The Apple-backed Rockstar consortium has agreed to sell off more than 4,000 patents from its IP portfolio to RPX Corp. for $900 million. The move will effectively end several high-profile lawsuits filed by Rockstar, and is another sign that patent wars are starting to cool in Silicon Valley.
To that end, it’s worth noting that the $900 million offer is substantially less than the $4.5 billion the consortium paid for the full portfolio just 4 years ago, and that RPX is a San Francisco-based patent clearinghouse, which helps companies protect themselves against patent litigation. Read More
By Cody Lee on Oct 23, 2014
Apple on Wednesday defeated a civil suit put forth by GPNE, a non-practicing patent holding company in Honolulu, that was seeking nearly $100 million in damages. The company alleged that three iPhone and iPad models infringed on its pager technology patents.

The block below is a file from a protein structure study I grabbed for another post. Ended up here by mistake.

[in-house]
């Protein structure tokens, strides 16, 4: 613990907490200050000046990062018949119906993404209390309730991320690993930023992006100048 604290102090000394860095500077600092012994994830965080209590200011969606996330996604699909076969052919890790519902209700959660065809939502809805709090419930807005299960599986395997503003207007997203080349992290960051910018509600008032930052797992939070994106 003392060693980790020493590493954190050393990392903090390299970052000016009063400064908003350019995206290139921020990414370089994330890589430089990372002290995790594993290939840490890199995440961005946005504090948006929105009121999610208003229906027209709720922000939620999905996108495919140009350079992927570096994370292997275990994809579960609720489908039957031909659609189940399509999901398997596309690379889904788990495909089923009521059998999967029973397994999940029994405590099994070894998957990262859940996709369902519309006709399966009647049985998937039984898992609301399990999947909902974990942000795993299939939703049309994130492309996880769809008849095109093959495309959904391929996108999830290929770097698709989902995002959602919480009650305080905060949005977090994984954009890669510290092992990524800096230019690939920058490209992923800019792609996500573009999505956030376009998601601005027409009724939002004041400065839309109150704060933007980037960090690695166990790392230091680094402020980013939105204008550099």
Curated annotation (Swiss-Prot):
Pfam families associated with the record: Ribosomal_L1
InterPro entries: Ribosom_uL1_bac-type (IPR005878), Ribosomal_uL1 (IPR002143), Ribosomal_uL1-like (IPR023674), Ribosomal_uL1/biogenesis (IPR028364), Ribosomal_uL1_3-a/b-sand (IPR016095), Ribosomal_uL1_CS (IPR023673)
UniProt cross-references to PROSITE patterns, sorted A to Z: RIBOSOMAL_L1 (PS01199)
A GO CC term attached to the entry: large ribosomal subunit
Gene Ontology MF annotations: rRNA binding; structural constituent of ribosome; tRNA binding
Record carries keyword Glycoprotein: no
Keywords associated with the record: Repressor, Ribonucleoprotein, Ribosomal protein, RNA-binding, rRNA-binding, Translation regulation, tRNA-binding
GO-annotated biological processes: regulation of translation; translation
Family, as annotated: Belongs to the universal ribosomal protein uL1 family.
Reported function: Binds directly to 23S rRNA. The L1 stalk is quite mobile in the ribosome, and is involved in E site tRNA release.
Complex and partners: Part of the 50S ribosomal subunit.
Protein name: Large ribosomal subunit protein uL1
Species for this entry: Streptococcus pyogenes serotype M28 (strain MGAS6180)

A jury in the US District Court of San Jose disagreed, and rejected all of patent infringement claims. Apple applauded the verdict, calling GPNE a “patent troll,” a term given to companies who acquire patents for the sole purpose of collecting licensing and lawsuit fees. Read More
By Cody Lee on Sep 16, 2014
The U.S. Court of Appeals for the Federal Circuit tossed out a verdict today handed down by a Texas jury in late 2012 that would’ve forced Apple to pay $368 million to patent holding firm VirnetX. The jury determined that Apple’s FaceTime feature infringed on on the firm’s intellectual property.